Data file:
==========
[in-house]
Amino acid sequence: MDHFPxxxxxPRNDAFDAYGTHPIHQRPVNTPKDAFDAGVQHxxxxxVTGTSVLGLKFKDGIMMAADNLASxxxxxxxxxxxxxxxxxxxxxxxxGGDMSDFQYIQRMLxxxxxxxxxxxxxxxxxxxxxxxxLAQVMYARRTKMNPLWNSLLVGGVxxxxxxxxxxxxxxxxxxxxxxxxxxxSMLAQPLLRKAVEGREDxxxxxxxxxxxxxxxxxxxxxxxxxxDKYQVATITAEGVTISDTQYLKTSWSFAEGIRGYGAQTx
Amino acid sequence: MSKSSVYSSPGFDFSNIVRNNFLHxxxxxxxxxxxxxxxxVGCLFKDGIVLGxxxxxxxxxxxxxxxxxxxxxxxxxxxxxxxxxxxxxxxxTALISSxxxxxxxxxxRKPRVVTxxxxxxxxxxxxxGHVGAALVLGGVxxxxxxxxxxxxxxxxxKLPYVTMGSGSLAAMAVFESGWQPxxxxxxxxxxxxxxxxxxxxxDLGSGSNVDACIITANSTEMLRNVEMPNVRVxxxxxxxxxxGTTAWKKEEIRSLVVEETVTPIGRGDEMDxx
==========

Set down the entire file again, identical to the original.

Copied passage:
[in-house]
Amino acid sequence: MDHFPxxxxxPRNDAFDAYGTHPIHQRPVNTPKDAFDAGVQHxxxxxVTGTSVLGLKFKDGIMMAADNLASxxxxxxxxxxxxxxxxxxxxxxxxGGDMSDFQYIQRMLxxxxxxxxxxxxxxxxxxxxxxxxLAQVMYARRTKMNPLWNSLLVGGVxxxxxxxxxxxxxxxxxxxxxxxxxxxSMLAQPLLRKAVEGREDxxxxxxxxxxxxxxxxxxxxxxxxxxDKYQVATITAEGVTISDTQYLKTSWSFAEGIRGYGAQTx
Amino acid sequence: MSKSSVYSSPGFDFSNIVRNNFLHxxxxxxxxxxxxxxxxVGCLFKDGIVLGxxxxxxxxxxxxxxxxxxxxxxxxxxxxxxxxxxxxxxxxTALISSxxxxxxxxxxRKPRVVTxxxxxxxxxxxxxGHVGAALVLGGVxxxxxxxxxxxxxxxxxKLPYVTMGSGSLAAMAVFESGWQPxxxxxxxxxxxxxxxxxxxxxDLGSGSNVDACIITANSTEMLRNVEMPNVRVxxxxxxxxxxGTTAWKKEEIRSLVVEETVTPIGRGDEMDxx